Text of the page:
And Then Emily Was Gone is the new comic from publishers Comix Tribe. This is a company I was unaware of who in their mission statement grandly say that;
ComixTribe.com, is a new website and online community for comic book writers and artists. This site will feature quality content and resources for creators serious about improving their craft.
ComixTribe’s mission is simple: Creators helping creators make better comics.
The grand vision of what ComixTribe will become is extremely ambitious. The ultimate goal is to make ComixTribe a premier online community and resource for comic creators serious about improving their craft.
It’s ambitious stuff. Even an old cynic like myself who spent years in comics retail, distribution and publishing can find himself inspired by that tagline, even if it’s the sort of ‘inspirational’ management guff that sets my teeth on edge. But what about And Then Emily Was Gone?
What made it stand out for me when browsing through Comixolgy’s new releases was the splendid cover and it’s intriguing synopsis;
And Then Emily Was Gone is a dark horror-mystery that tells the story of Greg Hellinger, a man who sees monsters. A former detective driven to the brink of madness by terrifying apparitions, he is tasked with finding a missing girl called Emily. Hellinger’s search takes him to a remote community in the Orkney Islands, where strange and terrible things are happening
So far so interesting. I’m getting a The Wicker Man feeling and that drew me in. Having a look at Iain Laurie’s art made me want to part money for it as it reminded me of Gilbert Hernandez mixed with Francisco Solano López, but how does the entire package hold up?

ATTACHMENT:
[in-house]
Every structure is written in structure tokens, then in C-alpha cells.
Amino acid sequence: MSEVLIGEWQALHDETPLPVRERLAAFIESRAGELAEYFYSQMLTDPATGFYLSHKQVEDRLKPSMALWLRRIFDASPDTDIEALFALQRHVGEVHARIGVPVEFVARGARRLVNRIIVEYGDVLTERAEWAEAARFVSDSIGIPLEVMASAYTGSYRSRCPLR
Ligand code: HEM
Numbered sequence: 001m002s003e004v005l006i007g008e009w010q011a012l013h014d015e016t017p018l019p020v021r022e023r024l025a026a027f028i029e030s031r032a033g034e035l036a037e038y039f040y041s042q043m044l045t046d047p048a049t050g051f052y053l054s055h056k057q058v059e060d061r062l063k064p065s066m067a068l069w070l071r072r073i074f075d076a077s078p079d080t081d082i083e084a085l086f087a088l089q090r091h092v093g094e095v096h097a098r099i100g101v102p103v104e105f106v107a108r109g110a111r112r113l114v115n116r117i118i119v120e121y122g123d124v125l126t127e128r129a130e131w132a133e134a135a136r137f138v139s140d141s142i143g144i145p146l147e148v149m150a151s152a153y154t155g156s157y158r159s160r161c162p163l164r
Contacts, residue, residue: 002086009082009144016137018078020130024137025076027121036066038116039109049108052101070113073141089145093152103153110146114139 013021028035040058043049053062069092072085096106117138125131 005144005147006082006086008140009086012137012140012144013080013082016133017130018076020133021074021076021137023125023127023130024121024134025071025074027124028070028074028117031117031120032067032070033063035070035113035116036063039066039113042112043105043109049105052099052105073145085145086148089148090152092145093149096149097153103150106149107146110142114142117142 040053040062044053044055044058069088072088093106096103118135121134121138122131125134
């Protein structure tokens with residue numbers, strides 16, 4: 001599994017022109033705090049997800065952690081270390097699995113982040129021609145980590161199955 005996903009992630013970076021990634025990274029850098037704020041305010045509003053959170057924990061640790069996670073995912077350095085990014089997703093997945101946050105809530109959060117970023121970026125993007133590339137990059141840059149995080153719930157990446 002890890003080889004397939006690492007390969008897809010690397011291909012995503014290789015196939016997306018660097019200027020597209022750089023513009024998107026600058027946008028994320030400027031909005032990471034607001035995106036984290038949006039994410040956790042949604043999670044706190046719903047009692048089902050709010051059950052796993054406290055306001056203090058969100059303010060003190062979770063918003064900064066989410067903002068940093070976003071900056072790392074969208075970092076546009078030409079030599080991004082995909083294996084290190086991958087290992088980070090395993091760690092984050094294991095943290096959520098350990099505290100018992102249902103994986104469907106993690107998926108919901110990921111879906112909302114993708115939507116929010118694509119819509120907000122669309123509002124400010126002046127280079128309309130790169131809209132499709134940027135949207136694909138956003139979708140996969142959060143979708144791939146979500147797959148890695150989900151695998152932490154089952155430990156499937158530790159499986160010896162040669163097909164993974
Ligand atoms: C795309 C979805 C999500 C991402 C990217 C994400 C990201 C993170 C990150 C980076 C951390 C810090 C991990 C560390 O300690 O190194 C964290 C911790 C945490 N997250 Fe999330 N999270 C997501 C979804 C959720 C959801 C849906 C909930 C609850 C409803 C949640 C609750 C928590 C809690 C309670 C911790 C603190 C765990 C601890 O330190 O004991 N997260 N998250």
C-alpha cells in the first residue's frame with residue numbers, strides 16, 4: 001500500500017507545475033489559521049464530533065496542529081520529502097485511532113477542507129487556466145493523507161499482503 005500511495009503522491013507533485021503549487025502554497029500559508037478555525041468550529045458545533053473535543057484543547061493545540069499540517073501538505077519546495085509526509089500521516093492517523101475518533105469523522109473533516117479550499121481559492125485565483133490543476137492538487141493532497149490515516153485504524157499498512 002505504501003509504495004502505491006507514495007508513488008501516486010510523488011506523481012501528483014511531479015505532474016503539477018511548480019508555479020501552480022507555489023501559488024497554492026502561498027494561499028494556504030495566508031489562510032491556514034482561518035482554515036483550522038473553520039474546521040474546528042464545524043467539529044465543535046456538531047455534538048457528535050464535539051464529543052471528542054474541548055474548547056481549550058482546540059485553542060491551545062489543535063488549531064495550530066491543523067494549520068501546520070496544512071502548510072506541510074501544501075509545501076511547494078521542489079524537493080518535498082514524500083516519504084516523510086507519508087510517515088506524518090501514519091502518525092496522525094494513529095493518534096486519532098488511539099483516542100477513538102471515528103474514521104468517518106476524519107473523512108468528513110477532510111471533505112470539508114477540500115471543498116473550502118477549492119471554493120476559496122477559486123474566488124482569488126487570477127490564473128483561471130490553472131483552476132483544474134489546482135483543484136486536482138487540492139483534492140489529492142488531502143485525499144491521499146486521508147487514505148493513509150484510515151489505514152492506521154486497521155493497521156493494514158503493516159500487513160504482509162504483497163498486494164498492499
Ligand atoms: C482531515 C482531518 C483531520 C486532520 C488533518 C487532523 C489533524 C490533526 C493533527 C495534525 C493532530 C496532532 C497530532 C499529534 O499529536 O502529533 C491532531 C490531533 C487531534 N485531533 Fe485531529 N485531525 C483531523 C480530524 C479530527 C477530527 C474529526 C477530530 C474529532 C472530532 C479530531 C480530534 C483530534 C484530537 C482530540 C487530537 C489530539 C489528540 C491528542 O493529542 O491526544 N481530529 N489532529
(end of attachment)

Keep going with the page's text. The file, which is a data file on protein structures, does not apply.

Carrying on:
Well, it’s good. There’s some amazing panels right out of William Burroughs, which seeing as most new comics are full of sub Jim Lee tracings of people in spandex is refreshing to see.
It becomes clear early on that the protagonist, Greg Hellinger, is an alcoholic suffering from the sort of visions one gets if you drink an awful lot on a daily basis. Greg was also a ‘famous policeman’ which is why he gets a mysterious visitor from the Orkney Islands telling him the story of Emily, and the fable of Bonnie Shaw, the boogyman parents on the islands used to scare their kids. Shaw itself looks like a cross between Rawhead Rex and Wayne Rooney.
It’d be wrong to judge what is the first part of a five issue crime/mystery/horror thriller series only on one issue and I’m not going to do it. I will say And Then Emily Was Gone is a refreshing change from the mass of mainstream comics which are firmly in the superhero/fantasy genre, though it does suffer from characters not talking like real people which is a problem for many a writer, not just in comics.
This is a good first issue, with some stunning art that raises this above your standard title of this type, though I’m unsure how many mainstream comic readers will appreciate it. I hope plenty do.
I’ll be back next issue to find out where the story goes, and of course, I need to see how the cliffhanger resolves itself……